What is TCP Keepalive?

Before going into details of TCP keep alive.  We will have an overview of what is keepalive in general? Connection-oriented network protocols use the keepalive technique, to check the health of a connection. Keepalive requires a periodic check over a connection when there is no data in either direction for a long time.

Very useful in the clearing of dead connections on a server.  For example, if there is a server, which accepts connections from all over the world. The server is running on a Linux operating system and has no keepalive mechanism. It may accept a fixed number of connections from clients(may be huge, but still limited).   If clients keep connected for a long time,  with no purpose. This may lead to stopping the server from accepting new connections because of the maximum number of clients already connected. Finally will lead to denial of service.

Keepalive In TCP: 

TCP is a reliable connection-oriented protocol. TCP keepalive is an optional functionality in TCP, which provides auditing of a connection when a connection is idle (no communication) for a long time. Duration for idle time is configurable. Keepalive procedure is applied to each connection, individually.  Once connection idle time exceeds over a configured value, the TCP initiates a keepalive probe.

Keepalive Probe:

TCP keepalive probe starts with sending a TCP ack segment to the remote end. The ack segment has sequence number one lesser than the current sequence number.  If the receiver has an active connection, then ACK is returned to the sender and the probe stops.

When the receiver host is not reachable or TCP not running on the destination port, there will be no response for a keepalive probe, the sender keeps repeating the probe after an interval (default value). After a fixed number of tries, the connection is marked as down. TCP clears the connection resources and indicates to the user for connection close.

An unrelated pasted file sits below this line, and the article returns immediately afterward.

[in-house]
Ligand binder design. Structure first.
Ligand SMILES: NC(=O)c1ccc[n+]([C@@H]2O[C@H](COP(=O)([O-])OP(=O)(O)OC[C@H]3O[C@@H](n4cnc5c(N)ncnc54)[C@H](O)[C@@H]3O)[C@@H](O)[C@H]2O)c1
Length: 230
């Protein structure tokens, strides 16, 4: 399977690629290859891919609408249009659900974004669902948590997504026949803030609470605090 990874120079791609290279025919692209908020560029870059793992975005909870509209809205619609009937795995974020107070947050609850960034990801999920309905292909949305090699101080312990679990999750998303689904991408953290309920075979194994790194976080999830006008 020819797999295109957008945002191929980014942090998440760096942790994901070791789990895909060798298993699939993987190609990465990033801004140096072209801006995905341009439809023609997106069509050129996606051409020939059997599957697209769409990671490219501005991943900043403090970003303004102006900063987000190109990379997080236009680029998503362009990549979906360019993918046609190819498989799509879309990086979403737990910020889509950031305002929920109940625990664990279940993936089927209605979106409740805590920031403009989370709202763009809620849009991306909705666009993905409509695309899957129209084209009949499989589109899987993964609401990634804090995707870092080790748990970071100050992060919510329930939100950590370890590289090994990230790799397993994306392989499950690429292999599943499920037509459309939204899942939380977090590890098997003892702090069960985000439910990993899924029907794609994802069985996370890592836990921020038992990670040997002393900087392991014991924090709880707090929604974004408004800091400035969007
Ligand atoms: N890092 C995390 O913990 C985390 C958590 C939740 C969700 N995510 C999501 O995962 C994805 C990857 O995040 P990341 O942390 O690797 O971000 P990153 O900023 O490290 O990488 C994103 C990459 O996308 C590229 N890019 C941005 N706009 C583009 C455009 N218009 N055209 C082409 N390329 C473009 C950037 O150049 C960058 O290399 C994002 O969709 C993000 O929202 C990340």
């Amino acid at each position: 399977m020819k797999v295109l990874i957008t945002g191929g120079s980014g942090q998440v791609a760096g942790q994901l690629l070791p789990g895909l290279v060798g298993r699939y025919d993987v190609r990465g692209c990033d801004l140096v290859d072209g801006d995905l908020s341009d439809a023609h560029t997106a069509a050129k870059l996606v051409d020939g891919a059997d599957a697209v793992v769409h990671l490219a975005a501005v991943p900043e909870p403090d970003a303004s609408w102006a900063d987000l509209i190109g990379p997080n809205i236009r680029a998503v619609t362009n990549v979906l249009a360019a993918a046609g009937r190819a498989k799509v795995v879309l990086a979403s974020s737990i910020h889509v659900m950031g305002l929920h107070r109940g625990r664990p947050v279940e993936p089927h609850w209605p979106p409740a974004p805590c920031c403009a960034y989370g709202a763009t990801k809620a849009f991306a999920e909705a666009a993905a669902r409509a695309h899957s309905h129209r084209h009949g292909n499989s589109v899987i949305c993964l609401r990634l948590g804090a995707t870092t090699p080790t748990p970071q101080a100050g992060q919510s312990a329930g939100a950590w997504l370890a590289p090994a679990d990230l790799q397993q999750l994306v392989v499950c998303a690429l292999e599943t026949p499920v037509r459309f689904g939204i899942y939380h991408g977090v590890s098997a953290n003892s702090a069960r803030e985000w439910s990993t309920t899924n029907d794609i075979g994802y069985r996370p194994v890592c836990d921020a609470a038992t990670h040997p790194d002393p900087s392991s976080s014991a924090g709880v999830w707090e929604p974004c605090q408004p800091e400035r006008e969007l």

Setting TCP keepalive :

As said, Keepalive is optional functionality.   To enable a keepalive, the underlying operating system and the TCP user program have to enable TCP keepalive. This section covers examples of how to enable keepalive over CentOs7 Linux and in a C program over the same.

Linux configuration for keep alive:

By default option is enabled in the Linux kernel. Let’s check what default values, we have for keepalive using the Sysctl Linux command.

[root@CentOs7- ~]# sysctl -a | grep tcp_keepalive
net.ipv4.tcp_keepalive_intvl = 75
net.ipv4.tcp_keepalive_probes = 9
net.ipv4.tcp_keepalive_time = 7200

Linux Sysctl command output has three parameters for keepalive. Let’s try to understand each parameter.

tcp_keepalive_time, the parameter represents the value in seconds for idle time of a connection, before starting TCP keep alive probe.

tcp_keepalive_intvl, have value in seconds. The time interval between consecutive keepalive probes.

tcp_keepalive_probes,  an integer value. Represents the number of retries, after which TCP marks the connection dead.